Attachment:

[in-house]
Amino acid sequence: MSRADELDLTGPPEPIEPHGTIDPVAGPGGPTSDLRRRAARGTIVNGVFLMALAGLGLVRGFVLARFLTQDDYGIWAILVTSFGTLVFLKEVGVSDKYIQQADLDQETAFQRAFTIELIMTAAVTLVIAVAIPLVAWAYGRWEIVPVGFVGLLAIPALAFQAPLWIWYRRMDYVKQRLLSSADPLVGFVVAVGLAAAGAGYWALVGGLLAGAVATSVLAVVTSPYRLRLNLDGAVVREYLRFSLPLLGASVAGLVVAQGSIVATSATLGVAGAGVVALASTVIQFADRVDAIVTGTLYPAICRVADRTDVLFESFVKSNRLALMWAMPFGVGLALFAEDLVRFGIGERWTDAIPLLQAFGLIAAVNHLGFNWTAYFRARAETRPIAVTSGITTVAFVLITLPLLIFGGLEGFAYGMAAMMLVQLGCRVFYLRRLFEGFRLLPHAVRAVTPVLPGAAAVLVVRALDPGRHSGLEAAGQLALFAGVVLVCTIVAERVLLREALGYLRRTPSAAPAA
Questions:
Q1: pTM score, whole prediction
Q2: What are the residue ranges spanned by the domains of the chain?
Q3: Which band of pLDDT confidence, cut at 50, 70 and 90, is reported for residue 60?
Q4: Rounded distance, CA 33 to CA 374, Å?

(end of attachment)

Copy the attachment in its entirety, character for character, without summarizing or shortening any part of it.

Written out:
[in-house]
Amino acid sequence: MSRADELDLTGPPEPIEPHGTIDPVAGPGGPTSDLRRRAARGTIVNGVFLMALAGLGLVRGFVLARFLTQDDYGIWAILVTSFGTLVFLKEVGVSDKYIQQADLDQETAFQRAFTIELIMTAAVTLVIAVAIPLVAWAYGRWEIVPVGFVGLLAIPALAFQAPLWIWYRRMDYVKQRLLSSADPLVGFVVAVGLAAAGAGYWALVGGLLAGAVATSVLAVVTSPYRLRLNLDGAVVREYLRFSLPLLGASVAGLVVAQGSIVATSATLGVAGAGVVALASTVIQFADRVDAIVTGTLYPAICRVADRTDVLFESFVKSNRLALMWAMPFGVGLALFAEDLVRFGIGERWTDAIPLLQAFGLIAAVNHLGFNWTAYFRARAETRPIAVTSGITTVAFVLITLPLLIFGGLEGFAYGMAAMMLVQLGCRVFYLRRLFEGFRLLPHAVRAVTPVLPGAAAVLVVRALDPGRHSGLEAAGQLALFAGVVLVCTIVAERVLLREALGYLRRTPSAAPAA
Questions:
Q1: pTM score, whole prediction
Q2: What are the residue ranges spanned by the domains of the chain?
Q3: Which band of pLDDT confidence, cut at 50, 70 and 90, is reported for residue 60?
Q4: Rounded distance, CA 33 to CA 374, Å?